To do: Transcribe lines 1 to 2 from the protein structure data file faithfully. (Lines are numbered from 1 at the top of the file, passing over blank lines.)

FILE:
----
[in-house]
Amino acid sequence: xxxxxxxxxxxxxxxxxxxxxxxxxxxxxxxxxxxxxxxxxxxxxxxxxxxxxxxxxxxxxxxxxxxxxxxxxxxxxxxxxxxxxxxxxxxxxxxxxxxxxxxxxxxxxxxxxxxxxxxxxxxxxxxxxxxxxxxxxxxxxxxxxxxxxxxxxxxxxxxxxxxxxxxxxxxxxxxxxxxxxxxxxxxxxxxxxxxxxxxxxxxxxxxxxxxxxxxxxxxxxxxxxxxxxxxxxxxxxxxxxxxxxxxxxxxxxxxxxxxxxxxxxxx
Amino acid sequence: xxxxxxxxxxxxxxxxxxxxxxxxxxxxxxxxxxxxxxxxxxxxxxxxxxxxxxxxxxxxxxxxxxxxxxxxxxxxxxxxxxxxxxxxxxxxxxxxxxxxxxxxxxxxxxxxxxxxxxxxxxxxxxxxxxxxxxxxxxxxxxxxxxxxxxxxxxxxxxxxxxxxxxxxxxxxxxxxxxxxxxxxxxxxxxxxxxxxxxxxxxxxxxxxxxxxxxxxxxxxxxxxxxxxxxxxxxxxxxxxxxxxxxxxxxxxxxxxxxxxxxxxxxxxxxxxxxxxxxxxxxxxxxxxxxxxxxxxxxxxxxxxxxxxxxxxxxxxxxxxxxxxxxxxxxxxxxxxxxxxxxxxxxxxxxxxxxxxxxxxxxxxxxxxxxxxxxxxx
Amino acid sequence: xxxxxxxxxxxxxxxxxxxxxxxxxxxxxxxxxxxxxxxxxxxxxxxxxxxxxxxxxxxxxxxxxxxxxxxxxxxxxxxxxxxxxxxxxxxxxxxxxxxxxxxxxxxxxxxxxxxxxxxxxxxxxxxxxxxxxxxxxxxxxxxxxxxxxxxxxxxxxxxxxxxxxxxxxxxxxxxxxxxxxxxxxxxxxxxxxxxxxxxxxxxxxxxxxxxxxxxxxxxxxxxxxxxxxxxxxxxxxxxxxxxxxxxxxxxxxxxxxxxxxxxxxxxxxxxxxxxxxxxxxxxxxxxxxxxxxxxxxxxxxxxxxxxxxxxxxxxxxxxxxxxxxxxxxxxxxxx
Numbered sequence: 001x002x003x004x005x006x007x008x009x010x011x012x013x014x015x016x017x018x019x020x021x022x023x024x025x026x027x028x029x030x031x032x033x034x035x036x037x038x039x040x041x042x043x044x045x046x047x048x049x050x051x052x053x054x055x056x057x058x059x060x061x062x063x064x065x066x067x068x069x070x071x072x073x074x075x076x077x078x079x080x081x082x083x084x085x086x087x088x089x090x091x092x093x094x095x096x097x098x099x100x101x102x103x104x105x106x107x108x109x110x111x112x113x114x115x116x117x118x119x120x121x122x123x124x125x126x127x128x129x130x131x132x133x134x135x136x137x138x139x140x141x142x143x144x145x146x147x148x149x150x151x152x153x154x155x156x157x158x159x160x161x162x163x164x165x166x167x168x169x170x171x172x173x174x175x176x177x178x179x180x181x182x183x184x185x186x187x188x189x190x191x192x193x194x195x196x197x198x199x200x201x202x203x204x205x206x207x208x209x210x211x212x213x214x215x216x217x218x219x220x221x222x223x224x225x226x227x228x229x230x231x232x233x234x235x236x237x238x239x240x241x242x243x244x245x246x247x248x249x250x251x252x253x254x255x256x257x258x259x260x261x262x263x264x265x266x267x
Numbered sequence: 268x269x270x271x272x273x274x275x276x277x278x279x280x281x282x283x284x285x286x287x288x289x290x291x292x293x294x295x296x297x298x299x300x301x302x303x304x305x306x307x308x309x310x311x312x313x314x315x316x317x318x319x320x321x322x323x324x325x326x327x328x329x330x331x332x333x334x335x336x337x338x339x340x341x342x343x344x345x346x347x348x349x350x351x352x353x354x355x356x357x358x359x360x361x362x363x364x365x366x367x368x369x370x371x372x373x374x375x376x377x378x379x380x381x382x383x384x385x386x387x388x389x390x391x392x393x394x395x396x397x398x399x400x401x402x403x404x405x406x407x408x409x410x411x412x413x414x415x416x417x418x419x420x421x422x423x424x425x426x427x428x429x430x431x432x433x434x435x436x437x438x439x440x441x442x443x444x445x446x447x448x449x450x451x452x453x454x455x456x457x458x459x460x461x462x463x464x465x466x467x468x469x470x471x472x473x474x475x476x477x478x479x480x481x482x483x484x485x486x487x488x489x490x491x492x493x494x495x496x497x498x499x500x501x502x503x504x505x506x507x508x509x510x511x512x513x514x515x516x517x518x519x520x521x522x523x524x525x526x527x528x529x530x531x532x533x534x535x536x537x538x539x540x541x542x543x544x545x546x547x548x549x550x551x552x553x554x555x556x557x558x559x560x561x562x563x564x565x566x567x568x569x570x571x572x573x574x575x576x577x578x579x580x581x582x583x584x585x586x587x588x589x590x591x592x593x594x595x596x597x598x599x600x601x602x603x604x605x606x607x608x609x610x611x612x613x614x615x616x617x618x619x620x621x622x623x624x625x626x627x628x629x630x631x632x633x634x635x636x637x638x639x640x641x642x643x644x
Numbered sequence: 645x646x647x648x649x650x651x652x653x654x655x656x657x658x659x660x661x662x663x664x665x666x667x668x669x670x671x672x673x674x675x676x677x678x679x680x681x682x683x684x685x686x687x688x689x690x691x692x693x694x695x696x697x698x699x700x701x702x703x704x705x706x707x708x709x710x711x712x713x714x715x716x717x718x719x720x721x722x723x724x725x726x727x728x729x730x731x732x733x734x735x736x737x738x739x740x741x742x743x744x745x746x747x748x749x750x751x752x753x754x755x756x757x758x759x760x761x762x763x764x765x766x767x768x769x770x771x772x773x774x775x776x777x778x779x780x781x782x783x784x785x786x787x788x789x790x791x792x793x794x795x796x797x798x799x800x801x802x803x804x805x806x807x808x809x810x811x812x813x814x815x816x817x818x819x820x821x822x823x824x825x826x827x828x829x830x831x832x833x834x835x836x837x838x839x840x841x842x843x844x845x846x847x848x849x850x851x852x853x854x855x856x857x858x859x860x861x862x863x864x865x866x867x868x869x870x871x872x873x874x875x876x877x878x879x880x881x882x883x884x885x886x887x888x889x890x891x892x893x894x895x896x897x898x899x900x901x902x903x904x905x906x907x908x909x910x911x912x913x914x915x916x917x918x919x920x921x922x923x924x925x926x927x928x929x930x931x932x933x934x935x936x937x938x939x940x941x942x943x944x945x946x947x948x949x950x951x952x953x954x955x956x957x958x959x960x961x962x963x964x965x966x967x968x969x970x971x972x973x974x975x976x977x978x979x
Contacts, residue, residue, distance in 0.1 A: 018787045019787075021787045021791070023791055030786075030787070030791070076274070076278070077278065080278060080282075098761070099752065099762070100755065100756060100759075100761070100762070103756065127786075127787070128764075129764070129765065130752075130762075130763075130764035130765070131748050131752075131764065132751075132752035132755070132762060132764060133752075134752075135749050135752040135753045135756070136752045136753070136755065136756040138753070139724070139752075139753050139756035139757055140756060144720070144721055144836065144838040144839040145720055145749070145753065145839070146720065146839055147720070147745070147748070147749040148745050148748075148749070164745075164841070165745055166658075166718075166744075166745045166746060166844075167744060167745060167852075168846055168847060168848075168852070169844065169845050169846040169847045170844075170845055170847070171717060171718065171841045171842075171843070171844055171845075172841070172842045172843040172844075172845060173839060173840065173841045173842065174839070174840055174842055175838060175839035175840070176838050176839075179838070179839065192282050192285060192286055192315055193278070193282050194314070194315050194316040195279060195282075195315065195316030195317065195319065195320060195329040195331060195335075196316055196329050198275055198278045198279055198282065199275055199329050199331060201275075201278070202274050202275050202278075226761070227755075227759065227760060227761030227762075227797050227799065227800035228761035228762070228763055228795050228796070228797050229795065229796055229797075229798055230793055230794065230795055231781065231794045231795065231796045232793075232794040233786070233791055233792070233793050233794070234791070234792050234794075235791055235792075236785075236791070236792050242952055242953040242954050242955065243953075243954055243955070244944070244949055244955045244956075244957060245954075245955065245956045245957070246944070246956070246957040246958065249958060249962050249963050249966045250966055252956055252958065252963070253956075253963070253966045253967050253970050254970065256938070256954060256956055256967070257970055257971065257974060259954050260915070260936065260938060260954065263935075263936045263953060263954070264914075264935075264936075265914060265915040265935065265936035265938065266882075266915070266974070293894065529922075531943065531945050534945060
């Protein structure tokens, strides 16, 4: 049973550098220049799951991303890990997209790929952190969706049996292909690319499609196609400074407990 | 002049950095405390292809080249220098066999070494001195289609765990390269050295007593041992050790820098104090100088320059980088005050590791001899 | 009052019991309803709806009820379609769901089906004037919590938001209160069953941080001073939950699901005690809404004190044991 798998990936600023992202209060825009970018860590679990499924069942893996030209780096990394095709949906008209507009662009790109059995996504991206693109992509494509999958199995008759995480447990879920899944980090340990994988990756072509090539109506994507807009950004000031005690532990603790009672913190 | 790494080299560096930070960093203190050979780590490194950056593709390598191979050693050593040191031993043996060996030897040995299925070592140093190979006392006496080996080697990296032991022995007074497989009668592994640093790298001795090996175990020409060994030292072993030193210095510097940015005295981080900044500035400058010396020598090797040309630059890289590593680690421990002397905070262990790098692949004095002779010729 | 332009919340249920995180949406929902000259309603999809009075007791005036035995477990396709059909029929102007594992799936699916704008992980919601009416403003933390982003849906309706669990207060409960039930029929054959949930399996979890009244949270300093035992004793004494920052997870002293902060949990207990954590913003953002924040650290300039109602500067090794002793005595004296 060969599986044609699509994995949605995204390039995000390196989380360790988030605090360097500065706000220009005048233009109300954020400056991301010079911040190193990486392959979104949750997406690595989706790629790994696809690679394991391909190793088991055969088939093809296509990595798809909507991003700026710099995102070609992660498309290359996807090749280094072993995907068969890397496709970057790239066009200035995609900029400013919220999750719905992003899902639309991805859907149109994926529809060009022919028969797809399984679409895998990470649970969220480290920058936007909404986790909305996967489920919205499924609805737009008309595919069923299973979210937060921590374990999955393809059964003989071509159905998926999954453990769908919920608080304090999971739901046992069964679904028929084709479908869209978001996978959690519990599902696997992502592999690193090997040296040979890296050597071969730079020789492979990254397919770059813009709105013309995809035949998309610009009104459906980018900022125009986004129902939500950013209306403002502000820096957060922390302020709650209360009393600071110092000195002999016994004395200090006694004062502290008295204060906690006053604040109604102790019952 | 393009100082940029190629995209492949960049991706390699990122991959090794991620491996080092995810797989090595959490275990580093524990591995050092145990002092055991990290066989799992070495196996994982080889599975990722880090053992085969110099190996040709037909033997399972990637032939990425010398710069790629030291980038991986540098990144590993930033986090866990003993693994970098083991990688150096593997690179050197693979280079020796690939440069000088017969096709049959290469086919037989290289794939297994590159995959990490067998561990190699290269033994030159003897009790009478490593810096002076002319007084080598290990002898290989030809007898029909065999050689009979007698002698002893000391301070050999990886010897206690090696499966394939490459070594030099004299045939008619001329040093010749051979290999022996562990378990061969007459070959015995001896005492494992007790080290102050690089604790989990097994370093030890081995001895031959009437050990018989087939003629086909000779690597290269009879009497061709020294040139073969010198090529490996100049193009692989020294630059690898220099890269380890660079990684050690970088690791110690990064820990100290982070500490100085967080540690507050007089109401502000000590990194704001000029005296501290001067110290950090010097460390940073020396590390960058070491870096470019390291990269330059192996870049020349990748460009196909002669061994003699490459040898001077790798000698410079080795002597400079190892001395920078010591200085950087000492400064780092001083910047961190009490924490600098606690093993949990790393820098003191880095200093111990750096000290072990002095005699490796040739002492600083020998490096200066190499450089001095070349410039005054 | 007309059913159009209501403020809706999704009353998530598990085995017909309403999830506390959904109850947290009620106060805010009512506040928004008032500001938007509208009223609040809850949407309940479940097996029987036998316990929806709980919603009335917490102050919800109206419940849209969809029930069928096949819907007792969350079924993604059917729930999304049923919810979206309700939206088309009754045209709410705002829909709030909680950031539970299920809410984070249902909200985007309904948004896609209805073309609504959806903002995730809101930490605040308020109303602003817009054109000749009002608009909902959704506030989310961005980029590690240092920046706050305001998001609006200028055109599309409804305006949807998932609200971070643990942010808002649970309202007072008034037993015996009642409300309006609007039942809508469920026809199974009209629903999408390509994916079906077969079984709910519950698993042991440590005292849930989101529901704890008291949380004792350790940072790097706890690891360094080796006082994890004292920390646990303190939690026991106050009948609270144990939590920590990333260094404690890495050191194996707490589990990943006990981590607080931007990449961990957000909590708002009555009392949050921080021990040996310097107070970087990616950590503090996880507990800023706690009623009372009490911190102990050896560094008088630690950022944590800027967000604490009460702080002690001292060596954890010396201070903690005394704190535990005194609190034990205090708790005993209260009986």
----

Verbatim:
[in-house]
Amino acid sequence: xxxxxxxxxxxxxxxxxxxxxxxxxxxxxxxxxxxxxxxxxxxxxxxxxxxxxxxxxxxxxxxxxxxxxxxxxxxxxxxxxxxxxxxxxxxxxxxxxxxxxxxxxxxxxxxxxxxxxxxxxxxxxxxxxxxxxxxxxxxxxxxxxxxxxxxxxxxxxxxxxxxxxxxxxxxxxxxxxxxxxxxxxxxxxxxxxxxxxxxxxxxxxxxxxxxxxxxxxxxxxxxxxxxxxxxxxxxxxxxxxxxxxxxxxxxxxxxxxxxxxxxxxxx